2010 census 
As of the census of 2010, there were 6,225 people, 2,616 households, and 1,748 families residing in the city. The population density was 561.8 inhabitants per square mile (216.9 /km2). There were 2,808 housing units at an average density of 253.4 per square mile (97.8 /km2). The racial makeup of the city was 90.8% White, 4.0% African American, 0.3% Native American, 2.6% Asian, 0.5% from other races, and 1.8% from two or more races. Hispanic or Latino of any race were 1.6% of the population.
There were 2,616 households out of which 30.1% had children under the age of 18 living with them, 52.5% were married couples living together, 10.7% had a female householder with no husband present, 3.6% had a male householder with no wife present, and 33.2% were non-families. 28.9% of all households were made up of individuals and 14.5% had someone living alone who was 65 years of age or older. The average household size was 2.35 and the average family size was 2.88.
The median age in the city was 43.1 years. 22.8% of residents were under the age of 18; 7.1% were between the ages of 18 and 24; 22.3% were from 25 to 44; 27.7% were from 45 to 64; and 20.2% were 65 years of age or older. The gender makeup of the city was 47.1% male and 52.9% female.
2000 census 
As of the census of 2000, there were 5,303 people, 2,186 households, and 1,554 families residing in the city. The population density was 485.7 people per square mile (187.5/km2). The racial makeup of the city was 92.36% White, 4.11% African American, 0.04% Native American, 1.58% Asian, 0.04% Pacific Islander, 0.57% from other races, and 1.30% from two or more races. Hispanic or Latino of any race were 1.07% of the population.
There were 2,186 households out of which 32.1% had children under the age of 18 living with them, 58.8% were married couples living together, 9.7% had a female householder with no husband present, and 28.9% were non-families. 25.0% of all households were made up of individuals and 10.6% had someone living alone who was 65 years of age or older. The average household size was 2.43 and the average family size was 2.90.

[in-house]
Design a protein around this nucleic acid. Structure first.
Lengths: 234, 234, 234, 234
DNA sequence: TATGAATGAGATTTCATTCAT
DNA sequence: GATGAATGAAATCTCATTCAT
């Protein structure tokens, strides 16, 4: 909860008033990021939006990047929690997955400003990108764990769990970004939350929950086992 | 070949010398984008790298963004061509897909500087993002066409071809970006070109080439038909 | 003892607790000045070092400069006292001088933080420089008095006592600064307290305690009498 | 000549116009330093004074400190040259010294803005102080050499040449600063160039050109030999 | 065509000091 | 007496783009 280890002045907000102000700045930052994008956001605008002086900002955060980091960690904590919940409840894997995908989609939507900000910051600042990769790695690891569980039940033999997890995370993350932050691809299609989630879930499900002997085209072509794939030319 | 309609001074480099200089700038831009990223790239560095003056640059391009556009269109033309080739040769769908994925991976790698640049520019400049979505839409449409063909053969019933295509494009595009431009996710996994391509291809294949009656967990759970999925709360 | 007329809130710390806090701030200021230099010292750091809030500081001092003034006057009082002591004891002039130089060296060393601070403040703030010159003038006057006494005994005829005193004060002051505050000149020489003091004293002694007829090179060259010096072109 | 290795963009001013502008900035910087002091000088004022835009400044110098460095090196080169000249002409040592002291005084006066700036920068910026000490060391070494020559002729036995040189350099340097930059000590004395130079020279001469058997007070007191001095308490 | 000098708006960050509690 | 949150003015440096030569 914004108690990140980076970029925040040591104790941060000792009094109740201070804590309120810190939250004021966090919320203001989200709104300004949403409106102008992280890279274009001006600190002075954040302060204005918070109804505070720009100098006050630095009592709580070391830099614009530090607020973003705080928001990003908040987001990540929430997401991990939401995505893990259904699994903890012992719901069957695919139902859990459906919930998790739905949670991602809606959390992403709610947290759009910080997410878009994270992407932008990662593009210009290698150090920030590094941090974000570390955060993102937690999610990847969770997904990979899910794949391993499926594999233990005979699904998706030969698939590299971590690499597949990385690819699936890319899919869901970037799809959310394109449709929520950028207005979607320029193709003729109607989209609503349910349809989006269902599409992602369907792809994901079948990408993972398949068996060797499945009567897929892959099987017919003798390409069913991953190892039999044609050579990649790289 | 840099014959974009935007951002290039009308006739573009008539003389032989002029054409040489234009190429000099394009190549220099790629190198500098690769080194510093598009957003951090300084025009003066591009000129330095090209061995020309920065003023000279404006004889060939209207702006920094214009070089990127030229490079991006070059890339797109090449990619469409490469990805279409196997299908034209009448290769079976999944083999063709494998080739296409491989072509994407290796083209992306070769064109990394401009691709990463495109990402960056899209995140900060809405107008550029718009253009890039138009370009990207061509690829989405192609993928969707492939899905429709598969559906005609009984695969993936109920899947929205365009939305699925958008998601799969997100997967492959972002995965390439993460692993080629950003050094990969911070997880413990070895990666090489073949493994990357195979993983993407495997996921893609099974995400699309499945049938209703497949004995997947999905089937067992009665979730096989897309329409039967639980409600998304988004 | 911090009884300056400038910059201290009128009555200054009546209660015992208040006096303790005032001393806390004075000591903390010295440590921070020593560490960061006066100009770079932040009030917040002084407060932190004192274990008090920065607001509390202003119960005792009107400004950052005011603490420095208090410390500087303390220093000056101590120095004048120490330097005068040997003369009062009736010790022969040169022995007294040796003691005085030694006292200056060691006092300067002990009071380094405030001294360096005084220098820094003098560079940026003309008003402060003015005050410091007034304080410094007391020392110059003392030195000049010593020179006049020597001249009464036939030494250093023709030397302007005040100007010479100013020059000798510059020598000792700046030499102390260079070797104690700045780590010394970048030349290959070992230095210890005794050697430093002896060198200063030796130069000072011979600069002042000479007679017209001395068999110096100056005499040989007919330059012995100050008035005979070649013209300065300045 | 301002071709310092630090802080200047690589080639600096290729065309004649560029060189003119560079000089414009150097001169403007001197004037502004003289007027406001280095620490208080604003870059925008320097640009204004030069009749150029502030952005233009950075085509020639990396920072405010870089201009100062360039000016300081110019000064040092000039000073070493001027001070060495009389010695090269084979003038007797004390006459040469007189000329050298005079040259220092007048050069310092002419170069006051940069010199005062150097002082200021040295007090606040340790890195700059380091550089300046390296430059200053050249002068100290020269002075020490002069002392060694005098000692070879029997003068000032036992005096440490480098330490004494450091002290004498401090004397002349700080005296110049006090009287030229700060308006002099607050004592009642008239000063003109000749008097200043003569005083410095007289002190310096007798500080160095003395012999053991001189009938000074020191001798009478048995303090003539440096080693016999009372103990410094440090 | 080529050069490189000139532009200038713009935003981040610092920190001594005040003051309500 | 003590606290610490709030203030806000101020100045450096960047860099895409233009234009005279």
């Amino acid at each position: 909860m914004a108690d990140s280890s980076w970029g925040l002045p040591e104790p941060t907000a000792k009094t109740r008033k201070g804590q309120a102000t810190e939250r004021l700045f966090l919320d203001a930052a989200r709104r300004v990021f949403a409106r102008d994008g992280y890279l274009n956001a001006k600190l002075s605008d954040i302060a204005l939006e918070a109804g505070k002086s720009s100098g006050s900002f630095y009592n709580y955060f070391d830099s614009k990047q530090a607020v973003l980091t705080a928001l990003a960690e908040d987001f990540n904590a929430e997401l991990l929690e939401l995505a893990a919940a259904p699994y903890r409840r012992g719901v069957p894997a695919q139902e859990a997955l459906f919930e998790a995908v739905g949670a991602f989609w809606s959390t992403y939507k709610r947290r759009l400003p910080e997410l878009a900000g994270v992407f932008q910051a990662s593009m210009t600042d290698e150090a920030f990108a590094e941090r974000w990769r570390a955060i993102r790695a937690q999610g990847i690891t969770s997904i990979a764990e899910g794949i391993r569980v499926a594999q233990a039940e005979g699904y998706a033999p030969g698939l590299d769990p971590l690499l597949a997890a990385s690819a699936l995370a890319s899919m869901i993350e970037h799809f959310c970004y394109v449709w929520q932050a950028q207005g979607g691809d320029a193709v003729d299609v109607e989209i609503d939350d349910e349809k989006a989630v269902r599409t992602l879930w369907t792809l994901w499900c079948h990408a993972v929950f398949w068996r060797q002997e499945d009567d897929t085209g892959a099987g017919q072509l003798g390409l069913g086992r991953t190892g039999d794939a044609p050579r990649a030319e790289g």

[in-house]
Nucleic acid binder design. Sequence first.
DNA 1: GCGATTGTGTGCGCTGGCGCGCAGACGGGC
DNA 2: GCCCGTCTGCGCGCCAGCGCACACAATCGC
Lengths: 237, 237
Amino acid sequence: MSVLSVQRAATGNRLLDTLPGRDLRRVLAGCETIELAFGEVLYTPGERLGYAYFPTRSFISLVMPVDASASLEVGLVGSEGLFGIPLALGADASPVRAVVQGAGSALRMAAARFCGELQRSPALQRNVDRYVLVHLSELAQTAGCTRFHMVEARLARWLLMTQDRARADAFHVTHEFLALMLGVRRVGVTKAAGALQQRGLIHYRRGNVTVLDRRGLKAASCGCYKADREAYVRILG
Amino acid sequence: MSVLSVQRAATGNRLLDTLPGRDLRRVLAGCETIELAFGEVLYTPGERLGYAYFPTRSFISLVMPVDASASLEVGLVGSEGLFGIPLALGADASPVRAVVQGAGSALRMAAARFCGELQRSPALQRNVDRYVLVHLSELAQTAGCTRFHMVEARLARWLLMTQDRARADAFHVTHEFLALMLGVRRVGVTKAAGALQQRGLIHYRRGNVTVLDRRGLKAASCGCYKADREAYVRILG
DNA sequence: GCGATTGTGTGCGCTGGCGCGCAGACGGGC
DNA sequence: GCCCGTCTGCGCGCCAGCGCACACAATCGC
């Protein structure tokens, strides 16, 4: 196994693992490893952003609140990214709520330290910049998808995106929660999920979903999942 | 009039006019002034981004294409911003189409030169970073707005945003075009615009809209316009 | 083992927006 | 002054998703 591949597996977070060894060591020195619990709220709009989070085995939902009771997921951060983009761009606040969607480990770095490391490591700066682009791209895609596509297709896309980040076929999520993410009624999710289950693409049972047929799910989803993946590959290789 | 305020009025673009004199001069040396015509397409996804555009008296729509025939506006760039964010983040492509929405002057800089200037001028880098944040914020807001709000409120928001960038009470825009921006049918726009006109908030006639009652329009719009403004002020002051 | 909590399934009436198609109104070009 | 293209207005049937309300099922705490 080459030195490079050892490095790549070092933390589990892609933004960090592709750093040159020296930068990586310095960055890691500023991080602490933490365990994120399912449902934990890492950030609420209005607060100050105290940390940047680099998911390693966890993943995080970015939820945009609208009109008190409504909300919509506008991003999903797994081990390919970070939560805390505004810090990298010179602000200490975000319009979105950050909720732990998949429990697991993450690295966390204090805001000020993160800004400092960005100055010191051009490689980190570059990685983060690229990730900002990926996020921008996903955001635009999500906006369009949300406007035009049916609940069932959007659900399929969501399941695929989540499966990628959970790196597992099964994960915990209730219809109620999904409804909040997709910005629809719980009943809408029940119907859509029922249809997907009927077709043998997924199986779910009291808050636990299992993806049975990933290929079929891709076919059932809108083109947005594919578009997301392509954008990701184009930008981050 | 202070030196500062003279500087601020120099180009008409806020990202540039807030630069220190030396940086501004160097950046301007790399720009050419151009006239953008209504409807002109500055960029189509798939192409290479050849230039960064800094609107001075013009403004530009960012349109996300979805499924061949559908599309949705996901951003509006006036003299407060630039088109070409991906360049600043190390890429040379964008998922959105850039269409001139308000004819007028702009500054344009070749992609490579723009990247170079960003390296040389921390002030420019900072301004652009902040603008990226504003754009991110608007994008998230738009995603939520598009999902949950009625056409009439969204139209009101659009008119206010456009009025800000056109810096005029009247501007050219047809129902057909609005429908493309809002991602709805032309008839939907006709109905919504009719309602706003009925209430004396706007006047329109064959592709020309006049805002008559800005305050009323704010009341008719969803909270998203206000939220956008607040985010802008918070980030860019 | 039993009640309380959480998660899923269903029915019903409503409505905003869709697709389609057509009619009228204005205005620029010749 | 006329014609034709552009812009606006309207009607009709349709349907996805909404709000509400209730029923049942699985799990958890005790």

In the city the population was spread out with 25.2% under the age of 18, 6.7% from 18 to 24, 28.0% from 25 to 44, 24.8% from 45 to 64, and 15.4% who were 65 years of age or older. The median age was 39 years. For every 100 females there were 95.0 males. For every 100 females age 18 and over, there were 88.4 males.
The median income for a household in the city was $46,146, and the median income for a family was $51,201. Males had a median income of $41,053 versus $26,250 for females. The per capita income for the city was $22,016. About 6.0% of families and 6.2% of the population were below the poverty line, including 11.6% of those under age 18 and 3.5% of those age 65 or over.
Ontario Public Schools enroll 1,820 students in public primary and secondary schools. The district administers 4 public schools including one elementary school, one intermediate school, one middle school, and one high school.
The Mansfield/Richland County Public Library operates a library branch in Ontario.
Ontario is connected by four major highways, U.S. Route 30 (the Lincoln Highway), which connects Mansfield and Interstate 71 to the east with Bucyrus to the west, State Route 309, which connects Mansfield to the east with Galion to the west, State Route 314, which connects Shelby to the north with Chesterville to the south, and State Route 430 (Park Avenue West) connecting Ontario to downtown Mansfield.
Busy thoroughfares in Ontario are; Park Avenue West (State Route 430), West Fourth Street, Walker Lake Road, Home Road (along the eastern city limits at Mansfield), and Lexington-Springmill Road, which connects Springmill and State Route 39 to the north with Lexington to the south.
Public safety 
Law Enforcement - Ontario Police Department Fire & EMS - Springfield Township Fire Department
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- "Map of Ontario, OH". Yahoo Maps. Retrieved 2007-10-31.